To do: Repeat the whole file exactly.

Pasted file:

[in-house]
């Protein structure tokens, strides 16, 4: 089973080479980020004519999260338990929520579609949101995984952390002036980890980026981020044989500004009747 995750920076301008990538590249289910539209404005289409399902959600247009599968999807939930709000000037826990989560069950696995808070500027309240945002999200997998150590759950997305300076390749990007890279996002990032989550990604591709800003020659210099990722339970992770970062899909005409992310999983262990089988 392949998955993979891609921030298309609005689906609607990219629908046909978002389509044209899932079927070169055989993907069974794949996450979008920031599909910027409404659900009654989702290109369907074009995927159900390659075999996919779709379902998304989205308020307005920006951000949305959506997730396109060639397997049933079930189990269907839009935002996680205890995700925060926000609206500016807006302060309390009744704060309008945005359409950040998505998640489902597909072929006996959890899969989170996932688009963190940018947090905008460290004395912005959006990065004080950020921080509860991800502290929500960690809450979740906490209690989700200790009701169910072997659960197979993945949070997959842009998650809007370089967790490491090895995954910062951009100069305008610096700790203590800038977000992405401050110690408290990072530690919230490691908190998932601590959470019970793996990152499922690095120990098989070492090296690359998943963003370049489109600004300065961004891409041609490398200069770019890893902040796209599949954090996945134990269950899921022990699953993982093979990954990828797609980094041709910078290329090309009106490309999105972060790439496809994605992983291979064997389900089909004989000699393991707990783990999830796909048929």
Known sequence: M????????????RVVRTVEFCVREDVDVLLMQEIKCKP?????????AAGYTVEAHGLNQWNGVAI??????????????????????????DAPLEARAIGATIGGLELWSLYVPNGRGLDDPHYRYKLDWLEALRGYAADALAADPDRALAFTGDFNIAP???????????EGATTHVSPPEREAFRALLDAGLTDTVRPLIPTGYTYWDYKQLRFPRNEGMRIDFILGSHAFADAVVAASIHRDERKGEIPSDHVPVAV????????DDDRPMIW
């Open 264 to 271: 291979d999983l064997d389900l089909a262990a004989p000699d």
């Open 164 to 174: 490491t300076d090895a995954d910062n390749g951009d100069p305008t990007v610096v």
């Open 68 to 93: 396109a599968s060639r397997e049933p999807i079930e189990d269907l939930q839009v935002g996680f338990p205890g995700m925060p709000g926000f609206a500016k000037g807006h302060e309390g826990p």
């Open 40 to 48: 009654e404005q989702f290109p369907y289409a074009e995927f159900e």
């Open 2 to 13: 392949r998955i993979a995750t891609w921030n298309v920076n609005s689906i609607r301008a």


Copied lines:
[in-house]
């Protein structure tokens, strides 16, 4: 089973080479980020004519999260338990929520579609949101995984952390002036980890980026981020044989500004009747 995750920076301008990538590249289910539209404005289409399902959600247009599968999807939930709000000037826990989560069950696995808070500027309240945002999200997998150590759950997305300076390749990007890279996002990032989550990604591709800003020659210099990722339970992770970062899909005409992310999983262990089988 392949998955993979891609921030298309609005689906609607990219629908046909978002389509044209899932079927070169055989993907069974794949996450979008920031599909910027409404659900009654989702290109369907074009995927159900390659075999996919779709379902998304989205308020307005920006951000949305959506997730396109060639397997049933079930189990269907839009935002996680205890995700925060926000609206500016807006302060309390009744704060309008945005359409950040998505998640489902597909072929006996959890899969989170996932688009963190940018947090905008460290004395912005959006990065004080950020921080509860991800502290929500960690809450979740906490209690989700200790009701169910072997659960197979993945949070997959842009998650809007370089967790490491090895995954910062951009100069305008610096700790203590800038977000992405401050110690408290990072530690919230490691908190998932601590959470019970793996990152499922690095120990098989070492090296690359998943963003370049489109600004300065961004891409041609490398200069770019890893902040796209599949954090996945134990269950899921022990699953993982093979990954990828797609980094041709910078290329090309009106490309999105972060790439496809994605992983291979064997389900089909004989000699393991707990783990999830796909048929």
Known sequence: M????????????RVVRTVEFCVREDVDVLLMQEIKCKP?????????AAGYTVEAHGLNQWNGVAI??????????????????????????DAPLEARAIGATIGGLELWSLYVPNGRGLDDPHYRYKLDWLEALRGYAADALAADPDRALAFTGDFNIAP???????????EGATTHVSPPEREAFRALLDAGLTDTVRPLIPTGYTYWDYKQLRFPRNEGMRIDFILGSHAFADAVVAASIHRDERKGEIPSDHVPVAV????????DDDRPMIW
């Open 264 to 271: 291979d999983l064997d389900l089909a262990a004989p000699d």
């Open 164 to 174: 490491t300076d090895a995954d910062n390749g951009d100069p305008t990007v610096v």
């Open 68 to 93: 396109a599968s060639r397997e049933p999807i079930e189990d269907l939930q839009v935002g996680f338990p205890g995700m925060p709000g926000f609206a500016k000037g807006h302060e309390g826990p």
């Open 40 to 48: 009654e404005q989702f290109p369907y289409a074009e995927f159900e």
């Open 2 to 13: 392949r998955i993979a995750t891609w921030n298309v920076n609005s689906i609607r301008a």